“Your place,” Peanut said.

Wyatt glared at the parrot. Jade was no help, she’d ducked behind her computer screen, shoulders shaking with silent laughter, the ingrate.

Taking his silence as consent, Cassandra shifted closer. “Poor baby, I bet you’re exhausted, what with how hard you work and all.”

“I’m not tired,” he said. He’d passed tired about three hours ago. “But I am busy later.”

“No problem.” She smiled and winked. “I’ll come early.”

He heard what he’d have sworn was a gagging noise behind him, and when he craned his head, he met Emily’s gaze.

She nudged Wyatt out of the way and offered her hand to Cassandra. “Dr. Emily Stevens,” she said. “The new intern. Why don’t I go in the back and transfer the dish to another container for you right now so you don’t have to bother Dr. Stone tonight?” It was worded as a question but everyone knew she wasn’t asking, including Cassandra.

She stared at Emily for a long heartbeat before pulling her hand back. “Not necessary,” she finally said. “I’ll get the dish back from him another time.”

“Boner!” Parrot yelled merrily as Cassandra left.

Jade put out her finger and Peanut high-fived her with one of his parrot feet. Then Jade grinned at Emily. “You’re good.” She turned away to answer the phone and then said, “Hold on a sec, they’re both right here.” She hit Speaker. “Go ahead, babe.”

Dell’s voice filled the room. “I can’t get back in time for dinner,” he said. “You two go on without me.”

Their welcome to Belle Haven dinner for Emily. Wyatt had forgotten that was tonight.

Emily stared at him and gave him a wide-eyed head shake that he got loud and clear. She wanted him to get them out of this. It made perfect sense.

But he said nothing.

Emily narrowed her eyes at him, and he found himself smiling.

“Problem?” Dell asked into the silence.

“No,” Emily said. “Of course not.”

“Use the company card, Wyatt, this one’s on me.”

“Got it,” Wyatt said, watching Emily bite her lower lip. The same lower lip he’d once sucked on until she’d moaned his name.

“You should come with us,” Emily said to Jade when Dell had disconnected.

“Oh, that’s sweet, but I can’t. It’s book club night and it’s at our house. You’ll have to join us next time, Emily. Sorry, Wyatt, chicks only.” She stood up and began her closing up routine. “Shoo,” she said to both of them. “Go have dinner. After the day we had, you both deserve it.”

Which is how Wyatt ended up in his truck driving Emily to dinner.

“This is silly,” she said. “You should’ve let me take my car. We could’ve left at the same time, and each gone our own way. No one would’ve ever known that we didn’t do dinner.”

“We’re doing dinner,” he said.


Yeah, genius. Why? “We’re going to be working closely together,” he said. “Ignoring each other isn’t going to work for a whole year.”

“Three hundred and forty-seven days.”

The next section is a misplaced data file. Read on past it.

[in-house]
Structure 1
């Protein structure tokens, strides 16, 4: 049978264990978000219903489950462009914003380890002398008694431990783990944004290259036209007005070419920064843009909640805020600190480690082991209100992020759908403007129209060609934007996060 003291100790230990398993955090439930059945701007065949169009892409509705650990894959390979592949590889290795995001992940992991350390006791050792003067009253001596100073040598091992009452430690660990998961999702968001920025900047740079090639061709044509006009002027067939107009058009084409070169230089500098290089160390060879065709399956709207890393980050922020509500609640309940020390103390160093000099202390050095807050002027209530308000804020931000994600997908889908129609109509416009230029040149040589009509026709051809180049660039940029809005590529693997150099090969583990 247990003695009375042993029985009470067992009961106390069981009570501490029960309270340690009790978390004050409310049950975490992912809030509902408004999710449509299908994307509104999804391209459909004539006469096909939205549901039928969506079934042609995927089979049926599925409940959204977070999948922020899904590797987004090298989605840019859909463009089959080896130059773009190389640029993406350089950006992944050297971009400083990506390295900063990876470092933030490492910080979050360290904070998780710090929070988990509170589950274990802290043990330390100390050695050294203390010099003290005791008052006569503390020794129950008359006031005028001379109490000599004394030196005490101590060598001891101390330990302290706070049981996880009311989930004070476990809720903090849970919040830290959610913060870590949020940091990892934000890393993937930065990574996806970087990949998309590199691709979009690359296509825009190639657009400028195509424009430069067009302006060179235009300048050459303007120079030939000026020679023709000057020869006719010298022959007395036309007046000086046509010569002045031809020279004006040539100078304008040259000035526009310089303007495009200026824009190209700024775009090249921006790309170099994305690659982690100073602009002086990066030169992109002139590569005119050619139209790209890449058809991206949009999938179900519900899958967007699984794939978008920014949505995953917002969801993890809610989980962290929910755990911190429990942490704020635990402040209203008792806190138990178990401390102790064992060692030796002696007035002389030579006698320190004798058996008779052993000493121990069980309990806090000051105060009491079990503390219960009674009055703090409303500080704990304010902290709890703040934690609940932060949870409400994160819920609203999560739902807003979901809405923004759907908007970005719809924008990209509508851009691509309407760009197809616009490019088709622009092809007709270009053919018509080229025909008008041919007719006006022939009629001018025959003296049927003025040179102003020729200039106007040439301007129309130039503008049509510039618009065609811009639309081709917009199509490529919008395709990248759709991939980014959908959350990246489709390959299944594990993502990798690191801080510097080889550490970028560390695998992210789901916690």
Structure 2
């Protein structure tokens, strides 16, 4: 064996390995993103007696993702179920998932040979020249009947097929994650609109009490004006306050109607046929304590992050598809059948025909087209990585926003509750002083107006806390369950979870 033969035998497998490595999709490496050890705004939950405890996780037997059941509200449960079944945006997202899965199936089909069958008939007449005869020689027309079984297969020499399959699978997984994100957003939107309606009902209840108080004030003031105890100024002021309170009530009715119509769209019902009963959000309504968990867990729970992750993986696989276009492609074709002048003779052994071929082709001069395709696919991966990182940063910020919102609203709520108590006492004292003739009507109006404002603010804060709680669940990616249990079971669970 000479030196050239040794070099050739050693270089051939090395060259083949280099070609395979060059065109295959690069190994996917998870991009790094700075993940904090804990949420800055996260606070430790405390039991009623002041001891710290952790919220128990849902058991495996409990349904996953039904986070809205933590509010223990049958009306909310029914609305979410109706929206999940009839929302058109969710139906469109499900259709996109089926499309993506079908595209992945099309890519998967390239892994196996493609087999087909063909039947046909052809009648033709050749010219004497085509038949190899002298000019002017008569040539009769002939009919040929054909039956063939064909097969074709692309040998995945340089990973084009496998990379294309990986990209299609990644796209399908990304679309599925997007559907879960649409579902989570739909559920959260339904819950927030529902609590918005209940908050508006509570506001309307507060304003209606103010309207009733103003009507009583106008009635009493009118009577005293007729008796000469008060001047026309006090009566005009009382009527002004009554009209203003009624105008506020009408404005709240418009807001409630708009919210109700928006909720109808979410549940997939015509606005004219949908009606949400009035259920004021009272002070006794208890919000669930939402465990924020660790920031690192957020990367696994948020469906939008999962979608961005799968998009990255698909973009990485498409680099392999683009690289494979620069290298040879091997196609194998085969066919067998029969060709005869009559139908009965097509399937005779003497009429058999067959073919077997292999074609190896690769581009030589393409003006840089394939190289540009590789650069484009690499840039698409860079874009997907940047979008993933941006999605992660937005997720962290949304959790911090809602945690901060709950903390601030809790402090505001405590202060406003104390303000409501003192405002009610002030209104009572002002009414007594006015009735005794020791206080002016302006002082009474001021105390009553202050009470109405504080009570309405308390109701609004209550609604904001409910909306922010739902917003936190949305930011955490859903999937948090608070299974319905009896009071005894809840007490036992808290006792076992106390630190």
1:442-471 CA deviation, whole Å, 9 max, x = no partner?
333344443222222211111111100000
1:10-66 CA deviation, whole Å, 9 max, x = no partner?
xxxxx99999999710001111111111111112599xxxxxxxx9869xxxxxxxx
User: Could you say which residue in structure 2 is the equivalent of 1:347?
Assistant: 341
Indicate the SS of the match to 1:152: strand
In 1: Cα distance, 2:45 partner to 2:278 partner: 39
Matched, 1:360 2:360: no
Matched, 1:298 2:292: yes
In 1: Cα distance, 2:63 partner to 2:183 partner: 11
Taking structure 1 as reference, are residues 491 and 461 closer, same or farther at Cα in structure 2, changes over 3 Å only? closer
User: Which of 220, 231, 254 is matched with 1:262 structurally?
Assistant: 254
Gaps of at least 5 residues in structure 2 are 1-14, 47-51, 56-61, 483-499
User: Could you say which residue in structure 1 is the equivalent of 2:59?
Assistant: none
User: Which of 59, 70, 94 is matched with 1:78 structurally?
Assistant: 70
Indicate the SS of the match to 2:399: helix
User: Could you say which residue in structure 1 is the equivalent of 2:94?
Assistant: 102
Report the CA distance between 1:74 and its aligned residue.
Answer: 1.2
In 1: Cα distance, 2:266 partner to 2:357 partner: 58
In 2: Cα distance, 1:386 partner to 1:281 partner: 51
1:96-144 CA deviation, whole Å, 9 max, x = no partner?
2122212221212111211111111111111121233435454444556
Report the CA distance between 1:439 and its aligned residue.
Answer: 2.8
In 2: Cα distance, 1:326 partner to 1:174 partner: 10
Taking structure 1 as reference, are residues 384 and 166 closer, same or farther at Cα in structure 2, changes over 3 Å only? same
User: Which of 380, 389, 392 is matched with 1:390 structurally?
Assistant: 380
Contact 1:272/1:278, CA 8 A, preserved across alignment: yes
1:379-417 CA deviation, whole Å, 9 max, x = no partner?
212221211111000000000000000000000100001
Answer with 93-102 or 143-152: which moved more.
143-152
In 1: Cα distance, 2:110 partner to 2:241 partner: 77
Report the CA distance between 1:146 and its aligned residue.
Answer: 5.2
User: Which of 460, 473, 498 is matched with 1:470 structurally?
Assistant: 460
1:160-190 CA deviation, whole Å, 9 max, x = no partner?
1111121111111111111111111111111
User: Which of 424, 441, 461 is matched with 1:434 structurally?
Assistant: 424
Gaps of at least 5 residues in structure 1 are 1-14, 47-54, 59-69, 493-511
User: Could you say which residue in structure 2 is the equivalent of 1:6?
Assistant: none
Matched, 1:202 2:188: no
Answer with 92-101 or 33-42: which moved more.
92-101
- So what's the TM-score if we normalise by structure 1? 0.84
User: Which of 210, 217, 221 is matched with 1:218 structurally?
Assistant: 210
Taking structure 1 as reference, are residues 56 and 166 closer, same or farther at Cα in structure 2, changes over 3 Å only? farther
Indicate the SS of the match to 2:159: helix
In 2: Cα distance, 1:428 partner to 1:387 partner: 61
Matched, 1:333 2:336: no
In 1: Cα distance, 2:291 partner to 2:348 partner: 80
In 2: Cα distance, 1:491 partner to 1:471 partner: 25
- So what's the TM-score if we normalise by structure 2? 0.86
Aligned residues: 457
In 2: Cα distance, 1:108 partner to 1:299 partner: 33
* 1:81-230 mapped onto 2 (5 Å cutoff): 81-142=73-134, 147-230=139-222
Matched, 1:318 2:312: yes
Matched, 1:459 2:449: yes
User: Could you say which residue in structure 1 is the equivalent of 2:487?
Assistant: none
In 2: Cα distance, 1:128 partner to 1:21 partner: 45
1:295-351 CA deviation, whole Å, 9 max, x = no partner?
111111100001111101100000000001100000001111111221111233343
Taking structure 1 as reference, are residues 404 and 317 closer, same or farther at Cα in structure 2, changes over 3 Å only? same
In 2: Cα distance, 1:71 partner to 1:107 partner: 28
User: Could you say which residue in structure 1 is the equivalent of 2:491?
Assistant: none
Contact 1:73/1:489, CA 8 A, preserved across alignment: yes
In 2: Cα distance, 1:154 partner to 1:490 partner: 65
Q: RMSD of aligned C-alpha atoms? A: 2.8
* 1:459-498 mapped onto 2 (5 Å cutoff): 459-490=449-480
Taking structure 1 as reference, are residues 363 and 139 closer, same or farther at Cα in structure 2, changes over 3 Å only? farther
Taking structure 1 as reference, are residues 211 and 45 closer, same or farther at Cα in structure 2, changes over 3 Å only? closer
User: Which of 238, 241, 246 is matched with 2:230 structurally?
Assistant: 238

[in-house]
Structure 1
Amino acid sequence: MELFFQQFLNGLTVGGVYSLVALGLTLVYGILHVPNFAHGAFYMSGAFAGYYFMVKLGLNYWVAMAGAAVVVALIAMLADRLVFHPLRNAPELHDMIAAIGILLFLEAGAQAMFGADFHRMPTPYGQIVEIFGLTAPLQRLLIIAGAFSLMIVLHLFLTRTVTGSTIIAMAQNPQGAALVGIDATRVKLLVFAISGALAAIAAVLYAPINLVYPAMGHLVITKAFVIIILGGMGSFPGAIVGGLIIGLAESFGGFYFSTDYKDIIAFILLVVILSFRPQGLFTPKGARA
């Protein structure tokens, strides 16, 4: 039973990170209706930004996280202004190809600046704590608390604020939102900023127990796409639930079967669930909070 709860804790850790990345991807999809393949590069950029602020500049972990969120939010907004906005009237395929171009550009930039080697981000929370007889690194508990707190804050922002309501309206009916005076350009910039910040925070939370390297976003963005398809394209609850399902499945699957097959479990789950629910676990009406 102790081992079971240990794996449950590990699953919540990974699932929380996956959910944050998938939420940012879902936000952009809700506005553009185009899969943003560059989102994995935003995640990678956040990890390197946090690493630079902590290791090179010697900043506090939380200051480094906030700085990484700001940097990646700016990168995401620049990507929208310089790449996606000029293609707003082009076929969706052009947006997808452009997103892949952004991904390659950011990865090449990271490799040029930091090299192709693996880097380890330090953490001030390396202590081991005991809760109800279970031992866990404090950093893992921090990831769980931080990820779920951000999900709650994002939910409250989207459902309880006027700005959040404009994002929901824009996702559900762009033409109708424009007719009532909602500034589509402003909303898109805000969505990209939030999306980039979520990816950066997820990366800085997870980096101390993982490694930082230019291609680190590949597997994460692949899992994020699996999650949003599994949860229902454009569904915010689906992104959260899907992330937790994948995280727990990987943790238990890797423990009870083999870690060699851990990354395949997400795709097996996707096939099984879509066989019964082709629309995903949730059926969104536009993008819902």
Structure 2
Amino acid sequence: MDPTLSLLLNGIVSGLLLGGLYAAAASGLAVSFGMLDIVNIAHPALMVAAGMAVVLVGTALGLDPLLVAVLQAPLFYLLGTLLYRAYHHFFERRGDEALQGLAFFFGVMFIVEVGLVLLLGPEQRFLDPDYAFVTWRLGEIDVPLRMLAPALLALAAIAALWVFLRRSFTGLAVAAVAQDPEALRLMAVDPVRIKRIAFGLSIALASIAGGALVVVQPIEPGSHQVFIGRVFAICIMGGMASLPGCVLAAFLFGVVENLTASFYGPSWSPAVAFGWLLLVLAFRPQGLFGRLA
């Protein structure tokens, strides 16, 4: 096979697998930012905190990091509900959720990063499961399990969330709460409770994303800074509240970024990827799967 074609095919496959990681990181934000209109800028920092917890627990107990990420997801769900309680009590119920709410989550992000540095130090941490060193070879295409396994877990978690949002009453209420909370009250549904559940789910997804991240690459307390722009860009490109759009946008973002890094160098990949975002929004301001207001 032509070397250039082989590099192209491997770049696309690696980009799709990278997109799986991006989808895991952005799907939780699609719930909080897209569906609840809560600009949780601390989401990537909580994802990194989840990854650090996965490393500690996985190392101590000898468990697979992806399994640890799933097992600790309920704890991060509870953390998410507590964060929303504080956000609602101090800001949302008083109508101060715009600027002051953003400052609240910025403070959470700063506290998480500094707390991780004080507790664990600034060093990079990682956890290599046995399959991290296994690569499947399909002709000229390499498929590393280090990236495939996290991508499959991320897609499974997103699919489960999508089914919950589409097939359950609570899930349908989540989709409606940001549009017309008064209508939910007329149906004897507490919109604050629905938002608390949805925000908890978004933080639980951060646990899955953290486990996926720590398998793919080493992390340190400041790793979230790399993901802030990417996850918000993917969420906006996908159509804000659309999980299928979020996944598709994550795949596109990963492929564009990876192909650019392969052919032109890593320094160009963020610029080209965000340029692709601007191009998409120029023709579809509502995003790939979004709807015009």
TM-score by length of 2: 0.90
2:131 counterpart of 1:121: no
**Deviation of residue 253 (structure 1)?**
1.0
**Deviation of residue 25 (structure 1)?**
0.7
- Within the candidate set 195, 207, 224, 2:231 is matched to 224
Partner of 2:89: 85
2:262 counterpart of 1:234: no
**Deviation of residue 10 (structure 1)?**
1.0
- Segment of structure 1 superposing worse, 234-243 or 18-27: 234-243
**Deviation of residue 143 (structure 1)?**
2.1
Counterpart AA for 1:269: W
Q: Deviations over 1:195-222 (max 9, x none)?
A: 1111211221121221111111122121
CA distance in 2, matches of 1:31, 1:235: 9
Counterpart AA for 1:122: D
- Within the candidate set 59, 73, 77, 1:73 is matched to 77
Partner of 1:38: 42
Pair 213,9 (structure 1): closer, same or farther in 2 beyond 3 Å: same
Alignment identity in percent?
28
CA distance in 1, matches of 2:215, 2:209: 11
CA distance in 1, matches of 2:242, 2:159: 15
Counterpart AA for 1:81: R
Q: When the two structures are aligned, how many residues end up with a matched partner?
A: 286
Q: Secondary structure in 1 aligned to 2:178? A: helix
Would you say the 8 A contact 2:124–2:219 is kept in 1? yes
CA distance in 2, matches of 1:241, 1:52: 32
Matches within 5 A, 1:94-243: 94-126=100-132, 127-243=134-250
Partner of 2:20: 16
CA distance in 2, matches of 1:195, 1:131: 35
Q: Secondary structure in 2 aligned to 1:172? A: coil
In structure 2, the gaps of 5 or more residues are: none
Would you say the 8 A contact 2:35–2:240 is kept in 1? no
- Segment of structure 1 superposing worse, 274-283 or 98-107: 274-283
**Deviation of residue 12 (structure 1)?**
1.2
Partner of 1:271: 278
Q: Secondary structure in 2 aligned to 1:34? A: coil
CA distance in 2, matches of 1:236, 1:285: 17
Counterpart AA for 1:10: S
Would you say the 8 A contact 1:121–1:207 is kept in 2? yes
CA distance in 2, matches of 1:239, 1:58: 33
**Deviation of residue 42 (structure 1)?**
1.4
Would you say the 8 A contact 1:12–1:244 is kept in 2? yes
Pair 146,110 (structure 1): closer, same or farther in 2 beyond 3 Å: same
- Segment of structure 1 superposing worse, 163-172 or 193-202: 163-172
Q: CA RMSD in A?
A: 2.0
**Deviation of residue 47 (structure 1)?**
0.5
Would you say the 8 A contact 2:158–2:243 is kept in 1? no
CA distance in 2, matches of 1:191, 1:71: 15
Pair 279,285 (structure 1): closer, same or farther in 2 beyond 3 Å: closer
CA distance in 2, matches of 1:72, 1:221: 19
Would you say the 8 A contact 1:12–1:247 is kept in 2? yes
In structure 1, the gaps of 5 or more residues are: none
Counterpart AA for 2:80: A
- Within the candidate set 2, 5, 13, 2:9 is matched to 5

“Or that,” he said. “We might as well settle in and get to know each other.”

She slid him a look. “We already know each other. Far more than we should.”

He laughed. This was true, to an extent. He did know certain things, such as she had a warm, perfectly curvy bod that fit his perfectly. He knew what she tasted like—heaven. And he knew the soft, erotic little sounds she made when she was desperate to come. And those thoughts weren’t helping one little bit. He shifted in his seat. Yeah, definitely, he shouldn’t be remembering any of those things. “We could get to know each other on a conversational level,” he said.

Her gaze dropped to his mouth, and he did his damnedest not to do the same. “How is that a good idea?” she wanted to know.

“We can learn each other’s tics and idiosyncrasies.”

She stared at him. “You think that if we get to know each other, we won’t like what we learn, and that will put a coolant on our chemistry?”

He laughed a little, unable to help it. But there was a fat chance in hell that they could put a coolant on this thing.

Over there in the passenger’s seat, she turned to face him, arms crossed, clearly having taken his amusement in the wrong way.

“Oh my God,” she said. “You think you won’t like me. Why not?”

He was still smiling. “You already know you don’t like me all that much, so why the hell do you even care?”

“Humor me,” she said, eyes narrowed.

“All right.” He shrugged again. “I don’t want to fall for a woman who has one foot out the door.”

She opened her mouth, and then closed it and turned to the window.

Conversation over. Clearly he was right, which didn’t give him any satisfaction. But he was glad they’d gotten that out in the open. His parents had chosen their life’s calling over their own kids. His ex’s career had meant more than anyone or anything in her life, including him. And here was Emily, giving off that same vibe.

Good thing he learned from his mistakes.


“Sounds like you’ve been hurt,” she said softly. “What happened?”

He didn’t like that she read him so easily. And as attracted as he was to her, he knew she wasn’t going to be his, so he had no intention of sharing his own fucked-up life with her.

She surprised him by suddenly seeming hugely relieved at his lack of response. “This is good,” she said, leaning back. “We can’t talk to each other. You know what that means? It means we’re totally unsuited. So all we have to do is not sleep together again, and it’ll be okay.” She glanced over at him. “We can do that, right?”

No, he was pretty sure they couldn’t. His expression must have answered for him.

“Crap,” she said finally. “We’re in big trouble, aren’t we?”

He was saved from having to answer that when his phone rang. He answered on Bluetooth and was shocked as hell when his mother’s voice filled the cab of his truck.

“Wyatt, darling,” she said. “So glad I caught you before I head into the Rome embassy.”

To hear from her was rare enough that his first question was the obvious. “You okay? Is Dad okay?”

“Of course,” she said. “We just wanted to wish you a happy birthday.”

He felt Emily look at him in surprise. “Mom,” he said, pinching the bridge of his nose. “It’s Zoe’s birthday, not mine.”

There was a long pause. “Are you sure?”

Wyatt choked out a laugh. “Yeah, I’m sure.”

“Huh,” his mom said. “Okay, well, tell her I said happy birthday.”

His eye twitched. “Mom, you should tell her yourself.”

“No time now, darling. Call her for me, okay?”